The One Thing You Absolutely Need to Find Your Calling (And the Best Place to Find It)

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If you still aren’t doing work you love, you’ve probably developed a good story about what you’re missing in order to explain why that is.

Maybe it’s that you don’t have enough time, money, or energy to find work you’d enjoy. Perhaps it’s that you don’t have the right skills and experience, or access to the right opportunities or people. Or maybe the story is that you’re too flighty, too depressed, too unfocused, too fearful, too timid, too passionate, or not passionate enough to make a successful transition.

The only reason I say this (or know it in the first place), is because I do it myself all the time. In fact, it’s quite human to come up with these stories. It’s our analytic brain trying to be helpful by pinpointing where we are, where we want to be, and what it thinks we need to get there.

The trouble is, the things we lack are often not easy to come by. Thus, rather than empowering us to make the change we seek, these stories become road blocks that reinforce the unhelpful belief that it’s impossible—or at least extremely difficult—to find what we’re looking for.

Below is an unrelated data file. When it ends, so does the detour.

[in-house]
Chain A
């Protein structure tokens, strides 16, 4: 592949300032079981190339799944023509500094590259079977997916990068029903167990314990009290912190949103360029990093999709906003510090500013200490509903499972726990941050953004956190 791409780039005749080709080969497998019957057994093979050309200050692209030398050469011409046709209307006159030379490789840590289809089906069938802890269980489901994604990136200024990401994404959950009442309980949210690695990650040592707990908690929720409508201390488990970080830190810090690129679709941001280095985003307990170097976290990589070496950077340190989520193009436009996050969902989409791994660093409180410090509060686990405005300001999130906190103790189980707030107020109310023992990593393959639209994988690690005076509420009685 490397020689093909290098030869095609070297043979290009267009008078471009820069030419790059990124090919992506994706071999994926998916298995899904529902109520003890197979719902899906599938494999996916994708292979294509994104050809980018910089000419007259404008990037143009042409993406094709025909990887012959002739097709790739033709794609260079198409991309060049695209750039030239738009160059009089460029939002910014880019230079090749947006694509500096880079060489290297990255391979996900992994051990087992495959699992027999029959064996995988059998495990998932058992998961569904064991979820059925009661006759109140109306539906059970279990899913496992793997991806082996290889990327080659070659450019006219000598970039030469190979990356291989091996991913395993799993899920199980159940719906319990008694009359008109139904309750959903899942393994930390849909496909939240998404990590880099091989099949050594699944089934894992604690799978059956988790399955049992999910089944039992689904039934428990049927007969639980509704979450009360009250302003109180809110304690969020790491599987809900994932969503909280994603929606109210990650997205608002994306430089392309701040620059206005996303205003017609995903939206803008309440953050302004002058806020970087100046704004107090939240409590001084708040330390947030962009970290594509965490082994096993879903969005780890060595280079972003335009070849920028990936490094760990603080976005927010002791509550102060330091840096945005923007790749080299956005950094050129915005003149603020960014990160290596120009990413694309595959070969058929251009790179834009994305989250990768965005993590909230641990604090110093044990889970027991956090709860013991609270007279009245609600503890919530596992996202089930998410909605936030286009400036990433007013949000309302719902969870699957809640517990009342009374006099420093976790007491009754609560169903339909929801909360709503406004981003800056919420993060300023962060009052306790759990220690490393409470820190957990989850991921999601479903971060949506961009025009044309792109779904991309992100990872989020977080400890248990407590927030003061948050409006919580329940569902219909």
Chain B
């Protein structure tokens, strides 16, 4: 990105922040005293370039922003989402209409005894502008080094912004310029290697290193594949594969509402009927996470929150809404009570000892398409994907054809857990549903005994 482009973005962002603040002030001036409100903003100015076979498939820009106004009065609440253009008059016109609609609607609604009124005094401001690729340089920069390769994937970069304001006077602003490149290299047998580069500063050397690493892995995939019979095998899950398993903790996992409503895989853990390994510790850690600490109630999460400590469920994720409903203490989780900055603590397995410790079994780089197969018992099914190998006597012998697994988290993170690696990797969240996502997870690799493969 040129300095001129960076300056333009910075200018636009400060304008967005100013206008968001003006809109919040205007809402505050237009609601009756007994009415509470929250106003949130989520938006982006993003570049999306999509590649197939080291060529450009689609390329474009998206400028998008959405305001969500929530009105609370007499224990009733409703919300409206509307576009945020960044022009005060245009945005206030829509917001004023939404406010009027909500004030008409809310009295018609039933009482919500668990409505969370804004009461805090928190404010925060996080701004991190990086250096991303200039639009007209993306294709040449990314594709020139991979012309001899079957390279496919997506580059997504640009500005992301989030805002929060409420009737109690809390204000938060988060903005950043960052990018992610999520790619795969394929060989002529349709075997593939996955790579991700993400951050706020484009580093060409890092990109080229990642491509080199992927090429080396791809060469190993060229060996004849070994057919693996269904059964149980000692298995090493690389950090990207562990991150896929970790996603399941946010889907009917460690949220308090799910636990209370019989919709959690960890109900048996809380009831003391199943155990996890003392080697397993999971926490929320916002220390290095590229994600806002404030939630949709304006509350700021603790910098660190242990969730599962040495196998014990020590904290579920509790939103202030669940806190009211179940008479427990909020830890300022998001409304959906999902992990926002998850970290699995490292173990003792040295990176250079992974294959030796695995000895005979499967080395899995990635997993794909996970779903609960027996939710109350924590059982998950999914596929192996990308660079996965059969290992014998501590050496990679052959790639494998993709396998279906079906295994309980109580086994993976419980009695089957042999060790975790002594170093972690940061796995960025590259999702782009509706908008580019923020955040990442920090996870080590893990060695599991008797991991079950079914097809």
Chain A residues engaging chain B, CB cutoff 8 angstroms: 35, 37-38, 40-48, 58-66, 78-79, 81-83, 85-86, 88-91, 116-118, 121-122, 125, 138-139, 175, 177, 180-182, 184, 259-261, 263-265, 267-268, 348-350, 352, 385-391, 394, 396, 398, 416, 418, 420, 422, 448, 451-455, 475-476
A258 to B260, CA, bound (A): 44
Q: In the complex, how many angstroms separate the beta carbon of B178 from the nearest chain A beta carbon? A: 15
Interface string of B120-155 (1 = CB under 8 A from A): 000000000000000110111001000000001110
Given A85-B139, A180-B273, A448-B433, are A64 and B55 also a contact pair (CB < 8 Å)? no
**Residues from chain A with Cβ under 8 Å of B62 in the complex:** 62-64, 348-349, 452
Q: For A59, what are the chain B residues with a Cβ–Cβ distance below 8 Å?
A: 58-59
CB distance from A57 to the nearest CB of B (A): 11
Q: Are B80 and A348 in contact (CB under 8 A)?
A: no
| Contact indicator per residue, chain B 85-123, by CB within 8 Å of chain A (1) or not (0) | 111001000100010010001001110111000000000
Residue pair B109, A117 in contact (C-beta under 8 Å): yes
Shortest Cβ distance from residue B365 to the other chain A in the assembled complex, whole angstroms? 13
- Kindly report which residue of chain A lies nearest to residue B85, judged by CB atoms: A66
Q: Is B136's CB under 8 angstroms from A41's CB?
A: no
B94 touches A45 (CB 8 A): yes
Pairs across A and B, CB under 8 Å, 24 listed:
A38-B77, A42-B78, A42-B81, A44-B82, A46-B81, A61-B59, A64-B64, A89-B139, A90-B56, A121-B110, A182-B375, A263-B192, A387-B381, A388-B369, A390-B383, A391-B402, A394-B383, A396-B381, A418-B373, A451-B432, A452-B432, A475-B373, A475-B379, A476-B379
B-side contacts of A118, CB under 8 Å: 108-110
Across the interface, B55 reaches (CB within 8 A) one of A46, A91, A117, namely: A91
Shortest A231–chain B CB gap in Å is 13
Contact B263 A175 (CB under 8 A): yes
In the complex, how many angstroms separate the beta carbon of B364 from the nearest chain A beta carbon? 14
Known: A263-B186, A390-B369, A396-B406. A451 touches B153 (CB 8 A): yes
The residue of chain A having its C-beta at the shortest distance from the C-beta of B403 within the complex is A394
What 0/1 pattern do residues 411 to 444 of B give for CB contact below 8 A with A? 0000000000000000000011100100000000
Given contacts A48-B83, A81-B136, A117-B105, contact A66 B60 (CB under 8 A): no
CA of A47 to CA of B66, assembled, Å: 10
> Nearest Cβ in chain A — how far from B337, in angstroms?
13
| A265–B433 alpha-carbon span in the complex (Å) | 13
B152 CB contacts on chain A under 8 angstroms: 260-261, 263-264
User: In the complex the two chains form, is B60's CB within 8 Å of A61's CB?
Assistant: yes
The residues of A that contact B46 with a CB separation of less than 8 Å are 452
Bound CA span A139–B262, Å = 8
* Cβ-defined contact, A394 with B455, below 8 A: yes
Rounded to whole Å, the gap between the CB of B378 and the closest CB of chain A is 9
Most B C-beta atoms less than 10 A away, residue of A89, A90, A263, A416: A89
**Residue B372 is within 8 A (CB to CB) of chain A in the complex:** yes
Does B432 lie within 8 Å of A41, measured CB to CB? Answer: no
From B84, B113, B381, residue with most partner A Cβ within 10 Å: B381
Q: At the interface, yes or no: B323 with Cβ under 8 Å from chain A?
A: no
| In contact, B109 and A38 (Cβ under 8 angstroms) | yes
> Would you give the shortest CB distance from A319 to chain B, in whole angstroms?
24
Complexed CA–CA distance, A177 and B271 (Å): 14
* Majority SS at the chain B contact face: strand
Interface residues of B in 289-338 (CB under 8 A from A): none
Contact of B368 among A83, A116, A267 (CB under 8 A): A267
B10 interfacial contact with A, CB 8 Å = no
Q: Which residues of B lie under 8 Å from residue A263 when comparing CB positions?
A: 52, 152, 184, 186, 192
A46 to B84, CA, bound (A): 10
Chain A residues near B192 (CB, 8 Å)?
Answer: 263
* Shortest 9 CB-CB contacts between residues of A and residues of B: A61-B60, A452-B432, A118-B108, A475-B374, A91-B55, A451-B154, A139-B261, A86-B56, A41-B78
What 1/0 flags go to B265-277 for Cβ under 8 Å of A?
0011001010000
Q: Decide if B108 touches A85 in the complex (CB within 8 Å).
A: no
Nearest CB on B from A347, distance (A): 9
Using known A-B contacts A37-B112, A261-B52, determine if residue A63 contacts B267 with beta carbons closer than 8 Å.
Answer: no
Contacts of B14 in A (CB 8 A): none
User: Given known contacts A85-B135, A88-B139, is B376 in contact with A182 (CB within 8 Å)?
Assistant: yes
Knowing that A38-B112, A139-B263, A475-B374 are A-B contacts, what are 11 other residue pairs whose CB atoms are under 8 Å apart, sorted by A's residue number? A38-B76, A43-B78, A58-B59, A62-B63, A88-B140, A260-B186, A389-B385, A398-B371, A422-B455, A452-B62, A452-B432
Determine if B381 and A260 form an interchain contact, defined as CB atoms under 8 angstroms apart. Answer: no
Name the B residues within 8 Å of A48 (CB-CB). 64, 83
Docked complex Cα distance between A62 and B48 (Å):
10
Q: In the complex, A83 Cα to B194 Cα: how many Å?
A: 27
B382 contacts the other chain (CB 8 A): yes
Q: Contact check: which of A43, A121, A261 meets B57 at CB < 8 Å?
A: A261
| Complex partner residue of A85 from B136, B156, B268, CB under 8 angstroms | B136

But the most interesting thing about these stories isn’t that they tend to backfire on us—it’s that they’re actually untrue. I’ve seen how, over and over again, when I reach a goal and reflect back on the process, that what I thought was missing wasn’t, and what I expected to get in my way didn’t after all.

That’s because there’s really only one thing we need to find what we’re looking for, no matter how difficult or improbable it is.

What you need to be successful

There’s no one thing “out there” in the world outside of yourself (an idea, friend, or opportunity, for example) that’s the key to your success. In fact, there are many ideas, friends, and opportunities that could help you find your way to what you’re looking for.

There’s also no one way you need to be. I’ve met tons of people who have found their calling, many of whom were flighty, unfocused, depressed, fearful, timid and/or overly or “under-ly” passionate. Some didn’t have the skills or experience they needed at first and had to acquire them. Most were quite busy with lots of responsibilities, and just about none of them had as much money or energy as they thought they needed when they started.

What all of these people did need in order to find work they loved was confidence. Given that success is really about conducting enough experiments (and failing enough times) to find out what works for you, confidence is key.

Confidence is what helps you feel empowered enough to commit to a goal that you know is a stretch in the first place. It allows you to stick with your intentions and find your way around obstacles that appear impassable at first glance. It sustains your efforts to seek any external resources you may need and bolsters your ability to tap into your internal strength and capabilities.